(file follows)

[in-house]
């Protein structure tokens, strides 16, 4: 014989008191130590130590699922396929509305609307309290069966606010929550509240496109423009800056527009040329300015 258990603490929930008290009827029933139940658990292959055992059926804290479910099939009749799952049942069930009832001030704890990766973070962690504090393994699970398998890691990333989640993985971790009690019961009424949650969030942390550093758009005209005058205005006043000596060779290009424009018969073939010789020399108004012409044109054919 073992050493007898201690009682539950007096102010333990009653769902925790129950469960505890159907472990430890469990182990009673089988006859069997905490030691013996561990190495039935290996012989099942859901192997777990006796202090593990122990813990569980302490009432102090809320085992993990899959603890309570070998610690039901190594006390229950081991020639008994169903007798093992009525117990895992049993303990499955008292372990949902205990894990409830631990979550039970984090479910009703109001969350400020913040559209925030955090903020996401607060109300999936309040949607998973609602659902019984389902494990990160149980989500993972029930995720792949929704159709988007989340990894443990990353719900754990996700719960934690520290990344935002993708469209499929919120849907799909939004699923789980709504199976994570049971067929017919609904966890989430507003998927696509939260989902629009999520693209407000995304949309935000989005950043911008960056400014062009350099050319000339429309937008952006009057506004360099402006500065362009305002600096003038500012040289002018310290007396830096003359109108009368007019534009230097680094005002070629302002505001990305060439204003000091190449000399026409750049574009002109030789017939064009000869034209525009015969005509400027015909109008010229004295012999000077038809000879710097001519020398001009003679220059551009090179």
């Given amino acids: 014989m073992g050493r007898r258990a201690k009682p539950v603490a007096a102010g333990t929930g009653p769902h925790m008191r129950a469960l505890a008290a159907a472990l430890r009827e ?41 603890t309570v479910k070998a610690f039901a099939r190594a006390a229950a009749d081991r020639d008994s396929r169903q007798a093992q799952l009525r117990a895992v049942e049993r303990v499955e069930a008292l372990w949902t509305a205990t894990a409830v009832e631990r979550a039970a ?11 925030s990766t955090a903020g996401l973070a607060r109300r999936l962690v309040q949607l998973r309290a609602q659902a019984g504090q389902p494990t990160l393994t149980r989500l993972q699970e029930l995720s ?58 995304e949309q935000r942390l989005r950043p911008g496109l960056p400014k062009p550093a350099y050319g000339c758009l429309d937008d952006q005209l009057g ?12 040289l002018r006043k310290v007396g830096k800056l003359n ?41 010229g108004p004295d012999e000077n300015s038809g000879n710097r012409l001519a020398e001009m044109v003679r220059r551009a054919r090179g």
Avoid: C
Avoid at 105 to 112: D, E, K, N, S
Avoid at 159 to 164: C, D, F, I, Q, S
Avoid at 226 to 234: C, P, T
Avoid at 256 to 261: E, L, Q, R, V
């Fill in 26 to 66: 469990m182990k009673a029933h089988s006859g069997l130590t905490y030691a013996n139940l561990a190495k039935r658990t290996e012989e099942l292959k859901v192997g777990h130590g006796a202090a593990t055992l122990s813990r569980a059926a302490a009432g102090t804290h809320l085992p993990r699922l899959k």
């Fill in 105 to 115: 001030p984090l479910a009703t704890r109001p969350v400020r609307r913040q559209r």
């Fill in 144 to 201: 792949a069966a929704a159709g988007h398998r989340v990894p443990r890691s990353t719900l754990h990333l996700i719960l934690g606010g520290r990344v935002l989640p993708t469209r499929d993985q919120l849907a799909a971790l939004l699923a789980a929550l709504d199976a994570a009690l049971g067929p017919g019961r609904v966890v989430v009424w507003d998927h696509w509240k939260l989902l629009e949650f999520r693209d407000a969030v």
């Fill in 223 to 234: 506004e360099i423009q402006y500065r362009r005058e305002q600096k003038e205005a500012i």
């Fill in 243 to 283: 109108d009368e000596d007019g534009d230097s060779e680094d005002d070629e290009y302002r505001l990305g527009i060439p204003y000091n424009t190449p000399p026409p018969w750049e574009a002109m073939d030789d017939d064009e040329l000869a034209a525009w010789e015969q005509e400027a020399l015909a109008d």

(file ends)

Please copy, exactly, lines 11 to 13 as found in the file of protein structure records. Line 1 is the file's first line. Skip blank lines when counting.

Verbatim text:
């Fill in 144 to 201: 792949a069966a929704a159709g988007h398998r989340v990894p443990r890691s990353t719900l754990h990333l996700i719960l934690g606010g520290r990344v935002l989640p993708t469209r499929d993985q919120l849907a799909a971790l939004l699923a789980a929550l709504d199976a994570a009690l049971g067929p017919g019961r609904v966890v989430v009424w507003d998927h696509w509240k939260l989902l629009e949650f999520r693209d407000a969030v």
């Fill in 223 to 234: 506004e360099i423009q402006y500065r362009r005058e305002q600096k003038e205005a500012i």
């Fill in 243 to 283: 109108d009368e000596d007019g534009d230097s060779e680094d005002d070629e290009y302002r505001l990305g527009i060439p204003y000091n424009t190449p000399p026409p018969w750049e574009a002109m073939d030789d017939d064009e040329l000869a034209a525009w010789e015969q005509e400027a020399l015909a109008d």